Losing off the field: Judge cancels Washington Redskins’ trademarks

Reuters / USA Today Sports
The Washington Redskins are once again losing the battle over their nickname, and not just in the court of public opinion. A federal judge ordered the cancellation of the football team’s federal trademark registrations, though it can continue using them.

On Wednesday, US District Judge Gerald Bruce Lee affirmed an earlier ruling by the US Patent and Trademark Office (PTO) Trademark Trial and Appeal Board, which cancelled the franchise’s six trademark registrations last June. The decision was based on Section 2(a) of the Lanham Act, which bars protection for names that “may disparage” or bring people into contempt or disrepute. Native Americans have long contended that the nickname “Redskins” is inherently racist.

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“The evidence before the Court supports the legal conclusion that between 1967 and 1993, the Redskins Marks consisted of matter that ‘may disparage’ a substantial composite of Native Americans,” Lee wrote in his ruling. “Section 2(a) of the Lanham Act requires cancellation of the registrations of [Pro-Football, Inc.’s] Redskins Marks, resulting in their removal from the PTO’s Principal Register.”

The cancellation won’t go into effect until the team has exhausted the appeals process, which could go all the way to the Supreme Court. Even without the trademarks, however, the team could still continue using the name Redskins. They may be able to seek trademark protections under state laws as well.

The National Football League (NFL) team condemned Lee’s decision. It believes that losing its trademarks would taint its brand ‒ valued at $2.4 billion in August 2014 ‒ and remove legal benefits that would protect the team against copycat merchandise, according to the Washington Post.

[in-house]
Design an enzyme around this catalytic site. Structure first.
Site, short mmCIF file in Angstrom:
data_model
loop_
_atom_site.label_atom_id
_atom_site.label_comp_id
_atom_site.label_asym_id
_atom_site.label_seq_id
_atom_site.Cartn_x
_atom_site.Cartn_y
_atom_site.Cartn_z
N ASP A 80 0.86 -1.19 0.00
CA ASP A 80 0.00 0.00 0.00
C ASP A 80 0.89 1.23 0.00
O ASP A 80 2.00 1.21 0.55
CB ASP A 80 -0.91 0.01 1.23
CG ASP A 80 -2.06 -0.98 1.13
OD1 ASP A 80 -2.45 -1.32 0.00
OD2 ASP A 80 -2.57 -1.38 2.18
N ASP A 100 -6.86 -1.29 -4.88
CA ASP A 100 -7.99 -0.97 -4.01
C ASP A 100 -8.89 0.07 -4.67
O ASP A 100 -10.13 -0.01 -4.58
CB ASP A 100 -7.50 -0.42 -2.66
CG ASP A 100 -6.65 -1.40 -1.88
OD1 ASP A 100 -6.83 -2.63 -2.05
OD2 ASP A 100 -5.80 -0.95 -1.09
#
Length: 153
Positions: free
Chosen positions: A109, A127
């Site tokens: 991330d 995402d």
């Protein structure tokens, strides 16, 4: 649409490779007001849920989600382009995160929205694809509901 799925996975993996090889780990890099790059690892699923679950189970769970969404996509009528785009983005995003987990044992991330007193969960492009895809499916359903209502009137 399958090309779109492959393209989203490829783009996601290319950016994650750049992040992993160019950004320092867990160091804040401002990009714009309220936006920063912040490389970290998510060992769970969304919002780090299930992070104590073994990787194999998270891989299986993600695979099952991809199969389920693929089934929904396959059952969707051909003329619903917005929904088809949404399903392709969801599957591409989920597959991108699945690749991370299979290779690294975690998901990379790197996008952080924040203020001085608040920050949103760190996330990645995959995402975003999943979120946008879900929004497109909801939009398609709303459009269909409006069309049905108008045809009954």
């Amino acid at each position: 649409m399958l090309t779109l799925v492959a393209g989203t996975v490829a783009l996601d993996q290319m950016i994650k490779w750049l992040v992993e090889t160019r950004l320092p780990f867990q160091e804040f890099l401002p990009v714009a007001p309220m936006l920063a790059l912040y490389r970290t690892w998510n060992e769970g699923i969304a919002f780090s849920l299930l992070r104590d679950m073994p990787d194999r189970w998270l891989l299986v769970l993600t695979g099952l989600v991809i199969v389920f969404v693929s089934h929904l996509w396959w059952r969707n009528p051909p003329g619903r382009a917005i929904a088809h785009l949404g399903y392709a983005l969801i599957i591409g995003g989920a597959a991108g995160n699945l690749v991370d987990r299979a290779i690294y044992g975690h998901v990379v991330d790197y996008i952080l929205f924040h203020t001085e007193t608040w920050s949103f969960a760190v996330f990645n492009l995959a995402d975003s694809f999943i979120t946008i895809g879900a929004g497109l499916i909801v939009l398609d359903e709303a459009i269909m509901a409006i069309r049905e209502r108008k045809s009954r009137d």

“I am surprised by the judge's decision to prevent us from presenting our evidence in an open trial. We look forward to winning on appeal after a fair and impartial review of the case,” Bruce Allen, the team president, said in a statement. “We are convinced that we will win because the facts and the law are on the side of our franchise that has proudly used the name Redskins for more than 80 years.”

Current owner Dan Snyder has repeatedly said that he would “never” change the team’s name. Over the past few years, the controversy has intensified, with several media outlets (including the Washington Post’s editorial board), local columnists, and national broadcasting analysts (such as CBS’ Phil Simms and NBC’s Tony Dungy) refusing to use the moniker. Half of the US Senate ‒ all Democrats ‒ sent NFL Commissioner Roger Goodell a letter in May 2014 urging the league to pressure Snyder into changing the team’s name.

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While Native American activists celebrated the ruling, they admitted that they don’t expect the war to be over anytime soon.

“This is a huge victory. Getting this ruling from a US District judge is a watershed event,” Jesse Witten, one of the attorneys for the Native Americans, told the Washington Post. “The team has been fighting this case so hard and leaving no stone unturned and scorching every square inch of earth that it’s hard to imagine they will not appeal.”

This is not the first time that the NFL team’s trademarks have been cancelled, however. In 1992, a group of Native Americans, led by Suzan Shown Harjo, filed a petition with the US Patent and Trademark Office, asking the PTO to cancel the team’s “Redskins’” trademark protection, calling the name derogatory. While the federal agency initially sided with the petitioners, a court overturned the decision on a technicality.

In 2006, a second group petitioned the PTO to cancel the trademark, arguing that federal trademark law bars the office from registering trademarks that “may disparage” groups or individuals. It was with this group that the Trademark Trial and Appeal Board sided last June. In response, the team sued the group, asking for a chance to defend their name in court.

The team believes that the cancellation of its trademarks infringes on its First Amendment rights by requiring the government to decide whether the name Redskins is offensive. In his 70-page ruling, Lee cited last month’s Supreme Court decision that allowed Texas to refuse to issue license plates with the Confederate battle flag. The judge wrote that the government is allowed to exercise editorial control over the content of the trademark registration program, which he equated to government, rather than private, speech.